About the Author

June 2014

Sun Mon Tue Wed Thu Fri Sat
1 2 3 4 5 6 7
8 9 10 11 12 13 14
15 16 17 18 19 20 21
22 23 24 25 26 27 28
29 30          

Google Translate

« The End of CDs? | Main | Integrated Development »

September 05, 2012


Feed You can follow this conversation by subscribing to the comment feed for this post.

Jared Banks


Great post. So much to comment on (I'm an architect married to an MBA student...).

But it's the last part that's on my mind most this week. I think more of us should be vocal about our displeasure with Michael Graves pronouncements about the relationship between Architecture and Computers/Technology.

And I think you're spot on that we need to taken ownership of all the technology available to us, whether pencil or computer, and use that for our creative endeavors. We need more teachers and mentors who embrace this vision and not just the idea that pencils are for design, computers are for production.

I wrote some more about my thoughts on Graves' article here:


Phil Bernstein

Thanks. I agree with your sentiments completely. The Graves discussion is a different vector but equally concerning. Our students draw a lot--including a month in Rome with nothing but sketchbooks. The biggest concern to me about his piece is that it turns our attention to an interesting issue that isn't central, and therefore distracts from our real challenges.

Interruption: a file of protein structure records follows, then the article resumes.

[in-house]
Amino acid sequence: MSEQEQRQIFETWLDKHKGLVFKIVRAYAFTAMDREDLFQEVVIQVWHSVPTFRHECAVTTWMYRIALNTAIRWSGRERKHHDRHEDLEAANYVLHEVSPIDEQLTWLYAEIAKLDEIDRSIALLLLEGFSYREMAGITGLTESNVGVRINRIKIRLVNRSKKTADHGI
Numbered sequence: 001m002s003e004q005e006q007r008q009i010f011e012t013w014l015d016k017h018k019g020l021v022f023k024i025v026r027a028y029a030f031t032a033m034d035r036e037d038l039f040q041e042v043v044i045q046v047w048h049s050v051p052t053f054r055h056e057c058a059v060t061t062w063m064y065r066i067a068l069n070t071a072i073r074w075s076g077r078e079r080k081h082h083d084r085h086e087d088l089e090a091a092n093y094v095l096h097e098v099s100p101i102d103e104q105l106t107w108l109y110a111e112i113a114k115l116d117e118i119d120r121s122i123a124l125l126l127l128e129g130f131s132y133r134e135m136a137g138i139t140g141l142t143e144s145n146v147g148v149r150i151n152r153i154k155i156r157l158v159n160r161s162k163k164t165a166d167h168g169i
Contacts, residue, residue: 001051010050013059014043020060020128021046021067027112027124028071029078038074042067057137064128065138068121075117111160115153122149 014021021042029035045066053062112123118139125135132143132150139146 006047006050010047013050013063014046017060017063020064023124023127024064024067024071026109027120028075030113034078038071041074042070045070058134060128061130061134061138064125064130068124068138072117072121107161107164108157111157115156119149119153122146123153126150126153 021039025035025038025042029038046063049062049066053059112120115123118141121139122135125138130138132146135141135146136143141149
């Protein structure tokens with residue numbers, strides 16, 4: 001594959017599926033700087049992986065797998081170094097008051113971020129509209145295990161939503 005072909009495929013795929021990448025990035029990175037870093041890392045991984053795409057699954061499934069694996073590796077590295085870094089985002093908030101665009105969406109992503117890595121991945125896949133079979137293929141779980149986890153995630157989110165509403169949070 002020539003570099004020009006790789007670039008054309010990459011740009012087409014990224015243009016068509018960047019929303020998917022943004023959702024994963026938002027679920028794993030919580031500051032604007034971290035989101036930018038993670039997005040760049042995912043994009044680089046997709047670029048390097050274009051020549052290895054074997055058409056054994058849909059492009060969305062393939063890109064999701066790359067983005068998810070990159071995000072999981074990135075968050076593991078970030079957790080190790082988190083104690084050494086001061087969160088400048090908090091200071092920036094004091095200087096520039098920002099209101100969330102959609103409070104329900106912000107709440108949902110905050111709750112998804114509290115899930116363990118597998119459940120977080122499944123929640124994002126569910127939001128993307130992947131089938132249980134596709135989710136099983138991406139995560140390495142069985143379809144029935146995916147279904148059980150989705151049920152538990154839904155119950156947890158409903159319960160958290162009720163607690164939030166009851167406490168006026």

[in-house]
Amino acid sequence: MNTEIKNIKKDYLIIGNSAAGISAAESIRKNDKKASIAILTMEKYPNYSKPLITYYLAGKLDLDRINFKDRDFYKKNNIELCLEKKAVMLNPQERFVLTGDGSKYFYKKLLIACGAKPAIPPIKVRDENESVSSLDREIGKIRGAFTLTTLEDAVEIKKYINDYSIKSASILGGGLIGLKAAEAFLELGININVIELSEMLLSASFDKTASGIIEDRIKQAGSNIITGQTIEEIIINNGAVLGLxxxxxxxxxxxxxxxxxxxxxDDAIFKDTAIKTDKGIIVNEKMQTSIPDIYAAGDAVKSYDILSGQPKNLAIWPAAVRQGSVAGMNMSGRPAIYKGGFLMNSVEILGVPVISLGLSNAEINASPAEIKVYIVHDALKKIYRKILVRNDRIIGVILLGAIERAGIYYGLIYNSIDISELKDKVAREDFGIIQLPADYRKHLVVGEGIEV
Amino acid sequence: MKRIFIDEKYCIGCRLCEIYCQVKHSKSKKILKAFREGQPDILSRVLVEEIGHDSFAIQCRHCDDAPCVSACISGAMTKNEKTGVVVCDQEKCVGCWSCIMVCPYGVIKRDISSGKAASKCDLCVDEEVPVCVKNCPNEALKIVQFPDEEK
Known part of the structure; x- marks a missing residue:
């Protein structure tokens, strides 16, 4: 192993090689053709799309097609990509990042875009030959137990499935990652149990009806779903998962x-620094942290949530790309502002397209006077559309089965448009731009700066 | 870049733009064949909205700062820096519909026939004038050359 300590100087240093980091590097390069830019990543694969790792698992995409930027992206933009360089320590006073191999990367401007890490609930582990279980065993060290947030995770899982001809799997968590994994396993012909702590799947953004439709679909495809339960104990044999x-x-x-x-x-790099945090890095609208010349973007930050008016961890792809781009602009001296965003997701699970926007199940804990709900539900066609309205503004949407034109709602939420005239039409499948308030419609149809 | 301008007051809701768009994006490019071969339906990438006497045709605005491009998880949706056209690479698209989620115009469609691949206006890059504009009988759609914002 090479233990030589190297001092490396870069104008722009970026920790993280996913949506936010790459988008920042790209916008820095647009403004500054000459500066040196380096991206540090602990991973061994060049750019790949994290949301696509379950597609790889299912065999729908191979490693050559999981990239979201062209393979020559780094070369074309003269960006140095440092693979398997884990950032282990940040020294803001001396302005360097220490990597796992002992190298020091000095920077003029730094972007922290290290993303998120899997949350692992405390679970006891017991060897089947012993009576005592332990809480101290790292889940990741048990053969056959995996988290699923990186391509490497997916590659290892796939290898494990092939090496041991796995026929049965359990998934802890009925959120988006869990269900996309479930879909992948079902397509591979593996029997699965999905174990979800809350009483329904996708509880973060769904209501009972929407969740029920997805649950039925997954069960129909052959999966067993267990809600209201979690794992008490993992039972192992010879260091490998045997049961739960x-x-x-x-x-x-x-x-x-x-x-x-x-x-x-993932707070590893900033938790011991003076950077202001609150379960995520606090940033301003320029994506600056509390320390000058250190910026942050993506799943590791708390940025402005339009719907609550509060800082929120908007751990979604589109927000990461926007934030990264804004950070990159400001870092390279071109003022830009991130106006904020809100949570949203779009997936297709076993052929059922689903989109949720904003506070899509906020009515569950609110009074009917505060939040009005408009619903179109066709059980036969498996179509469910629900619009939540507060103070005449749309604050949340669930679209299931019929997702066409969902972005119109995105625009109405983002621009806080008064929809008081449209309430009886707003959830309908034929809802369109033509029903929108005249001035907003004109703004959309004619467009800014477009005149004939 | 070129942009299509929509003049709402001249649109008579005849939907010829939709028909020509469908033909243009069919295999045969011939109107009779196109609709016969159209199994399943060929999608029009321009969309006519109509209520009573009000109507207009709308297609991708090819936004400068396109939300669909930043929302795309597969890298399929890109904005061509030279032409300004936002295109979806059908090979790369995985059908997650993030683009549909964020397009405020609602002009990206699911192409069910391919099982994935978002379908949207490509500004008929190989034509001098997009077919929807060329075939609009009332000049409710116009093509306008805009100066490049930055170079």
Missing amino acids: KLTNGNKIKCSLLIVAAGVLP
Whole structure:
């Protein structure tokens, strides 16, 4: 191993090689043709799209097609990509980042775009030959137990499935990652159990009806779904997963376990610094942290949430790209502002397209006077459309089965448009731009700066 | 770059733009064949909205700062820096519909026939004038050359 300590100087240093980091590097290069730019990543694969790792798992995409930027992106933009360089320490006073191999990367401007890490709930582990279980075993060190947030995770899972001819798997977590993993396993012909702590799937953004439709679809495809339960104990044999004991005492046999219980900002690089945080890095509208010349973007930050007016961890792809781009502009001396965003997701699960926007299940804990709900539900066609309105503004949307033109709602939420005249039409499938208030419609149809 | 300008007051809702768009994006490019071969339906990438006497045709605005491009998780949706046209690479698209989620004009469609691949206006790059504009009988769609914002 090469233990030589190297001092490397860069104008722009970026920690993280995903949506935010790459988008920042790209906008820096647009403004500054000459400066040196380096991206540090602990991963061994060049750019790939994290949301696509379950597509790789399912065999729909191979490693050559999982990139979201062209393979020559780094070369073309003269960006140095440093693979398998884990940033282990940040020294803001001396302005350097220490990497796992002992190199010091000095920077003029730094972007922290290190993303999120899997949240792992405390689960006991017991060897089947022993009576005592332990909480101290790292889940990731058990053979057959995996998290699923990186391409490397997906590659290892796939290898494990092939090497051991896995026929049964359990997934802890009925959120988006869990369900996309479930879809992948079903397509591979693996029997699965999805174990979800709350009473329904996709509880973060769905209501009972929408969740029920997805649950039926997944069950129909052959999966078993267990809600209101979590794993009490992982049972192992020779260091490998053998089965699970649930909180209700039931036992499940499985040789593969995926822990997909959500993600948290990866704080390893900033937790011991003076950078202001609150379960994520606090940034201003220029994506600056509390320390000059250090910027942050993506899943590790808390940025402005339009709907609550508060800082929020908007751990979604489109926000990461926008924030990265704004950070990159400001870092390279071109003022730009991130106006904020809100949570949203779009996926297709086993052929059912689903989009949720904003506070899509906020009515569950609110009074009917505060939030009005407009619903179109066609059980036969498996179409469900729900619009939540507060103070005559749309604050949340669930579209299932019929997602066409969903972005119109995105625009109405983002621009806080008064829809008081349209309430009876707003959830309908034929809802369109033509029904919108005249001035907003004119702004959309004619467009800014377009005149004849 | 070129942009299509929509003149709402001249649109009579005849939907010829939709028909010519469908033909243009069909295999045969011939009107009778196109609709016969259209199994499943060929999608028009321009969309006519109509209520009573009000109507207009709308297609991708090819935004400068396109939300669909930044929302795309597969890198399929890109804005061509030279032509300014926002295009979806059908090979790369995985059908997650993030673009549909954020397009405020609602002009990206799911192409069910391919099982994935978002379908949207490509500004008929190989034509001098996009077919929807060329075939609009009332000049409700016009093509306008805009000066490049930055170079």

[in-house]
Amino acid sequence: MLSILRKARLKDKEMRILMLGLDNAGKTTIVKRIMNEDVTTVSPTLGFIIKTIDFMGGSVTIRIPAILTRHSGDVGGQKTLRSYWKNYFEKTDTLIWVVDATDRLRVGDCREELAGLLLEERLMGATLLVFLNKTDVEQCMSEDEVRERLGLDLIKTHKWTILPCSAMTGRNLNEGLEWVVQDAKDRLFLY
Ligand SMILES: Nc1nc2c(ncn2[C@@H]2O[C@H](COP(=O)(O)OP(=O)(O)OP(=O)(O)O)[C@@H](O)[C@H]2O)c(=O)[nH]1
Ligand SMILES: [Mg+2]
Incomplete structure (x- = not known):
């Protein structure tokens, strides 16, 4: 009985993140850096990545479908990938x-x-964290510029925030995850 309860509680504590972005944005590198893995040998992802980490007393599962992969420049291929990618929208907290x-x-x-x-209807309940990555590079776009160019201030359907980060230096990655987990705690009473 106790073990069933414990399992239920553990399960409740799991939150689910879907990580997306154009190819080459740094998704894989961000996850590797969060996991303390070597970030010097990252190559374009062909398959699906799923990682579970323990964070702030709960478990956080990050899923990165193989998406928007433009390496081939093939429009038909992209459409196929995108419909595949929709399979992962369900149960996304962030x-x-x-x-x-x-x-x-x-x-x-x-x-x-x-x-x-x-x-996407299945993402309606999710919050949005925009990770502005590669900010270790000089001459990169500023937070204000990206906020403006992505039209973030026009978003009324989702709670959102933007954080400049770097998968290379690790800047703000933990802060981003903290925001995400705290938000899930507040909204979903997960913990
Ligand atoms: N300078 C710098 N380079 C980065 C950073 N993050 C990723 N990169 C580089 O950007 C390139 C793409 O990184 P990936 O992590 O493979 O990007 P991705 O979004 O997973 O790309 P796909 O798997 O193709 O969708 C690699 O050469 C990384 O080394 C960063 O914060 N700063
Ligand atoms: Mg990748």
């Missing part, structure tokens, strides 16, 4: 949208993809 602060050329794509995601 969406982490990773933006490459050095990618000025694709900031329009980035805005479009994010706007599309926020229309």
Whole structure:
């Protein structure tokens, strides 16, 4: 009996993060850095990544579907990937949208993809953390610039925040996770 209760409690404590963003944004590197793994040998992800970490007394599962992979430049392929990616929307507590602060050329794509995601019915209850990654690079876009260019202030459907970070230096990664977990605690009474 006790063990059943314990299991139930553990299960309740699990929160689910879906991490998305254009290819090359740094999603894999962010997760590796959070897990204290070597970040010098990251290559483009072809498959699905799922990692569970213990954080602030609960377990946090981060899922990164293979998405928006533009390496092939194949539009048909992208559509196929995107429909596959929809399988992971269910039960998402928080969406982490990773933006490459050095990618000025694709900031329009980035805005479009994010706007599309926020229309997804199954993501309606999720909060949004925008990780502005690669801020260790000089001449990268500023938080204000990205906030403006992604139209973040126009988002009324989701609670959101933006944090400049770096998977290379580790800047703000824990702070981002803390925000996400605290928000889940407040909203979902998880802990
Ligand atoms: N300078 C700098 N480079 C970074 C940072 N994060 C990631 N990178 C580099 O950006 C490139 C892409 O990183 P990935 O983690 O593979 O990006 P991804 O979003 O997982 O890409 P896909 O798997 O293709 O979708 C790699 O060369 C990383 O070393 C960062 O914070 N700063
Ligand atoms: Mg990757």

Great stuff, as usual ... I'm glad the blog has ended its summer hiatus.

Question: What percentage of a 40 hour workweek is spent by the typical licensed architect in just 'design'? My guess is that for many established architects, the luxury of strictly 'design' work consumes a relatively low percentage of their time, between 25% and 50%, with the rest of the workweek going to the management of staff, of project budgets, of legal issues, and to the ever-popular fighting with sub-consultants and contractors.

This could indicate that directing a high percentage of a student's time on 'design' education might not be the very best way to prepare that student for the real world. The 'design-centered' educational track may also have a bearing on how long it takes for a new graduate to get licensed.

Maybe the coursework needs to more closely reflect the actual work: a thorough mixture of 50% design and 50% pro practice ... not just one semester of pro practice at the very end.

Or am I just repeating what you've said?

Thanks again

The comments to this entry are closed.

RSS Feed

  •  Subscribe